In a data set, there are the same number of values above the median as there are below. For instance, the median of the data set below is 3. Notice that there are 4 values below 3 and 4 values above 3.
It should be noted that if no entry in a data set is repeated, then the data set has no mode. Also, if two entries occur with the same greatest frequency, then each entry is a mode and the data set is called bimodal. (See also Section 9.3, Example 6.)
While the mean, median and mode each describe the "average" of a data set, there are advantages and disadvantages of using each. The mean takes into account every value, while the median and mode do not, perhaps making the mean more reliable. When there are outliers, however, the mean can be greatly affected while the median and mode will be unaffected. (You will learn more about outliers on pages 416 and 417.)
Keep in mind that you can use a spreadsheet to help determine the mean, median, and mode of a data set.

Age distribution charts can be constructed for many different reasons. Check out this chart, which shows the age distribution of the U.S. Congress.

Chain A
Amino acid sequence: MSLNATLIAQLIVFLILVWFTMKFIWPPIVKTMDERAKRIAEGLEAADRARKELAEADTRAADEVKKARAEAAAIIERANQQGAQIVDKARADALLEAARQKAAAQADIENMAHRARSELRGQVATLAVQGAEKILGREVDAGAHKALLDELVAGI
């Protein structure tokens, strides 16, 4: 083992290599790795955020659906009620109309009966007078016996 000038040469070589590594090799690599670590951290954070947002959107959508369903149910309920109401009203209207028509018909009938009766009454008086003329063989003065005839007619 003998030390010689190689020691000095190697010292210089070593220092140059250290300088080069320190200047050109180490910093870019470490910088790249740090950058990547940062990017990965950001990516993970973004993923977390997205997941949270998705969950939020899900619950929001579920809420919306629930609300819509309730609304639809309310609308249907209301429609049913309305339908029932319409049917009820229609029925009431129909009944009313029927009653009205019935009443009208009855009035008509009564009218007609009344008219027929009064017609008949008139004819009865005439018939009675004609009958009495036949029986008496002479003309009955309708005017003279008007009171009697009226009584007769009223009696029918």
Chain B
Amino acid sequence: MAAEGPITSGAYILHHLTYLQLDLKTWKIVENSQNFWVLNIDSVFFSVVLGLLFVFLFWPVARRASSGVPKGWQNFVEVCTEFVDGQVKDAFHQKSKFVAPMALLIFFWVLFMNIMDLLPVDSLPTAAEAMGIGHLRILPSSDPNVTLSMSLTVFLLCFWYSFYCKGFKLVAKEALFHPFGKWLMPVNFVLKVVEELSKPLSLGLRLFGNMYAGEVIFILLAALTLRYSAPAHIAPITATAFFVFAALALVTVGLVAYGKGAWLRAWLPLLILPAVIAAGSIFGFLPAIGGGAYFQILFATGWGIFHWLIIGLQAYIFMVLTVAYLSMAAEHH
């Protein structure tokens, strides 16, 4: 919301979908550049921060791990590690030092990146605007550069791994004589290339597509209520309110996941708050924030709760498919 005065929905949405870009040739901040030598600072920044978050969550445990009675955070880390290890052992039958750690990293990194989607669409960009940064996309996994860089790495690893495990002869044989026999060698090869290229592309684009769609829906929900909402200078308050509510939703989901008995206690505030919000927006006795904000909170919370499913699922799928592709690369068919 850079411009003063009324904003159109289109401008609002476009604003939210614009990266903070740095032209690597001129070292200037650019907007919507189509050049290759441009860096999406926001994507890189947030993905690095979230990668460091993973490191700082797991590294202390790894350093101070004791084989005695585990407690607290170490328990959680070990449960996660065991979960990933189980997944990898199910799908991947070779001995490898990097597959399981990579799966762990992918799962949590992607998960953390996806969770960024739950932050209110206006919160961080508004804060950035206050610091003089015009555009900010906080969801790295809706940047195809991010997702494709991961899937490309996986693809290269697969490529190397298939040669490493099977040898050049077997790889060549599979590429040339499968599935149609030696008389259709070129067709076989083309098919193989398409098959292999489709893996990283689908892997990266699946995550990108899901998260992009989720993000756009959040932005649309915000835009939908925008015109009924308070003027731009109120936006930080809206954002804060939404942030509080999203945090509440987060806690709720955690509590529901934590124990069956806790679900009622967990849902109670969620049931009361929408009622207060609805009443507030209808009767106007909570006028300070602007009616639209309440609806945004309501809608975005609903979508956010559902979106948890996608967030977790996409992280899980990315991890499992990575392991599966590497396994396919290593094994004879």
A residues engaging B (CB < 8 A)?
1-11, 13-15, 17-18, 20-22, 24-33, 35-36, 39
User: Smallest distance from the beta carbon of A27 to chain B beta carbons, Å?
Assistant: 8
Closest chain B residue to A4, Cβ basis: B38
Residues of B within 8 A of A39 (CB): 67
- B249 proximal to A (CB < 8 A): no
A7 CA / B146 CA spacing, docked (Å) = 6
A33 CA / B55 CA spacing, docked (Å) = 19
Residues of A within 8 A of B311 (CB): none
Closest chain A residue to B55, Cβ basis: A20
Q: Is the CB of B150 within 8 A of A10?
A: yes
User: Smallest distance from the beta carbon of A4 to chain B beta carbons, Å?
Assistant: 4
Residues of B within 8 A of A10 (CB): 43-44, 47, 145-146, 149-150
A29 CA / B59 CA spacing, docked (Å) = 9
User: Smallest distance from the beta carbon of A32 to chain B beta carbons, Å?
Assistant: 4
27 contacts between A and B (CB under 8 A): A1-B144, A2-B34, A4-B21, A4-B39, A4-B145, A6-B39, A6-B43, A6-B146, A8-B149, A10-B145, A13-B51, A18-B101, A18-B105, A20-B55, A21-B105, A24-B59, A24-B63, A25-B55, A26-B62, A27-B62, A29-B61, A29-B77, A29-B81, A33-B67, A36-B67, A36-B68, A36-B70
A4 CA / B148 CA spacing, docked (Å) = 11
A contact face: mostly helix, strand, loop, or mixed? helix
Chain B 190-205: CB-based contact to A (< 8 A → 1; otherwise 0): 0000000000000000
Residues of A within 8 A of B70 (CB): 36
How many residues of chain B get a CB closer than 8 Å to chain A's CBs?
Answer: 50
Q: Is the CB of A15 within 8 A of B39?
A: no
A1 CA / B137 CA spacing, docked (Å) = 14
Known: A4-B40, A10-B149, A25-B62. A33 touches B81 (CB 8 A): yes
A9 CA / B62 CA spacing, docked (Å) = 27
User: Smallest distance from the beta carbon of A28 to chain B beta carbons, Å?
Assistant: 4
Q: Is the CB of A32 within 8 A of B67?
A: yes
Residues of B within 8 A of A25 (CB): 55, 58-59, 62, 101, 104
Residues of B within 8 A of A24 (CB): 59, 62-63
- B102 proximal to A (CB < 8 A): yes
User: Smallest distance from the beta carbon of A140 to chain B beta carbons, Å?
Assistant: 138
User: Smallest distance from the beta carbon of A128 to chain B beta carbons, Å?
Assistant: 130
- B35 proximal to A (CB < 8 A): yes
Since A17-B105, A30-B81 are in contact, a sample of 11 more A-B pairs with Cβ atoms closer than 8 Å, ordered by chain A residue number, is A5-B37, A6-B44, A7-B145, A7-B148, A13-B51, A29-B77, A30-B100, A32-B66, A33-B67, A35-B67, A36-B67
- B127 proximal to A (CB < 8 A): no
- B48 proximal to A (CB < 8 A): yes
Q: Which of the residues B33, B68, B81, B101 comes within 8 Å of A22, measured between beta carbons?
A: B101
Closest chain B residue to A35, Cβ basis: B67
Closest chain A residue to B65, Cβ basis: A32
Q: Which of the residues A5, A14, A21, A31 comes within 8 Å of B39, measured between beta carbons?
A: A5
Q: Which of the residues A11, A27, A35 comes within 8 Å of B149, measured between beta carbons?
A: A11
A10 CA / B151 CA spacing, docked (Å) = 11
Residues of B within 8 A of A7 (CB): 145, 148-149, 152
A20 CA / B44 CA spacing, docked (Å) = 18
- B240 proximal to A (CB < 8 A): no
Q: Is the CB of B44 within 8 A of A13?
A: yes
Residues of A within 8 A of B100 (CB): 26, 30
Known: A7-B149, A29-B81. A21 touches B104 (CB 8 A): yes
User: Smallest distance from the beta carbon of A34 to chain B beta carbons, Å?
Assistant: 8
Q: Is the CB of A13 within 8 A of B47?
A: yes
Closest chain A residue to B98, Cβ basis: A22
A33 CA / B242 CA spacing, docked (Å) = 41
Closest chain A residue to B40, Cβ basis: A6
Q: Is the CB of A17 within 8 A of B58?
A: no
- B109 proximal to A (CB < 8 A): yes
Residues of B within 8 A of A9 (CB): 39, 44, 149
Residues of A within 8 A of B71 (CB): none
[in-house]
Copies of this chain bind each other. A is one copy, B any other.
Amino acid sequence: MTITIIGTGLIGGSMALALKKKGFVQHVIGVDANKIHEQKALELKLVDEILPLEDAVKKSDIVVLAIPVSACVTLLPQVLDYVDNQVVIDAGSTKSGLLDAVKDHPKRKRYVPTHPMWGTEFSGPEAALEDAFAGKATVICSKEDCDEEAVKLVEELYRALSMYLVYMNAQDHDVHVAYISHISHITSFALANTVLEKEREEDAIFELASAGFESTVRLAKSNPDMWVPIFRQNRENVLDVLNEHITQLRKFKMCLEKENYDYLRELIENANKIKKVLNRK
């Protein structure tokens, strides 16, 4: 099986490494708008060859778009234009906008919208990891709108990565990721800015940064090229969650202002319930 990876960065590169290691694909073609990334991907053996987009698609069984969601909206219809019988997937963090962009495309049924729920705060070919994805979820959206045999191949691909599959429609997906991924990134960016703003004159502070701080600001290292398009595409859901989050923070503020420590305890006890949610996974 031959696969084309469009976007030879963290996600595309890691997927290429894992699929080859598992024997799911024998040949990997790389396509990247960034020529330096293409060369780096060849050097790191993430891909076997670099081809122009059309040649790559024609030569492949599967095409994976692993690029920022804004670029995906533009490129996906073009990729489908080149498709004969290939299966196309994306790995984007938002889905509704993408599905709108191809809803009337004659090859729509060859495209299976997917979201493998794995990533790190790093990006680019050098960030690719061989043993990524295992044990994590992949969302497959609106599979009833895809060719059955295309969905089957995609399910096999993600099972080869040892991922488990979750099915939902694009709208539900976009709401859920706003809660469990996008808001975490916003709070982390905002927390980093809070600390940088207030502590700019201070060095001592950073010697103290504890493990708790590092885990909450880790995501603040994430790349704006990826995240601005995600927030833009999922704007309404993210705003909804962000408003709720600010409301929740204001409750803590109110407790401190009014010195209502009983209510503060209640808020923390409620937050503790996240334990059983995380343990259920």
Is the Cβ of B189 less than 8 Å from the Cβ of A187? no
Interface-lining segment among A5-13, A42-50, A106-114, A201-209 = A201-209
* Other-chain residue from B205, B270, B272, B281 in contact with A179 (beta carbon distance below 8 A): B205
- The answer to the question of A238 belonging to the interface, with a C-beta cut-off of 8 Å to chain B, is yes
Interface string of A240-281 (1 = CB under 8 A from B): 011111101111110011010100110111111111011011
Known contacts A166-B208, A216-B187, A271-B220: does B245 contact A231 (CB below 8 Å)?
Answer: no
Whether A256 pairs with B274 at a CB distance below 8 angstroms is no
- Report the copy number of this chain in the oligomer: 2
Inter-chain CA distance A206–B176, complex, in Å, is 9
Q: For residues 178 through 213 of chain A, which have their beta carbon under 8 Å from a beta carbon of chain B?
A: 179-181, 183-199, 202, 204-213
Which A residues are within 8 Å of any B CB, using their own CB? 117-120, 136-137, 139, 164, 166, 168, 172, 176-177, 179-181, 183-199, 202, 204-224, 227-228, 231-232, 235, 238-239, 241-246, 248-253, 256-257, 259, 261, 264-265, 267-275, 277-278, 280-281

Brazil's population pyramid is more bottomheavy than the United States' pyramid. In Brazil, a relatively large percent of the population is between 0 and 15. Comparing the two pyramids, it appears that Brazil's mean, median, and mode ages are less than those of the United States.

These comments are not screened before publication. Constructive debate about the information on this page is welcome, but personal attacks are not. Please do not post comments that are commercial in nature or that violate copyright. Comments that we regard as obscene, defamatory, or intended to incite violence will be removed. If you find a comment offensive, you may flag it.
When posting a comment, you agree to our Terms of Use.
Visit our blog to read more: http://www.andyou.com/blog/mathinthenews/mathinthenewsaverages/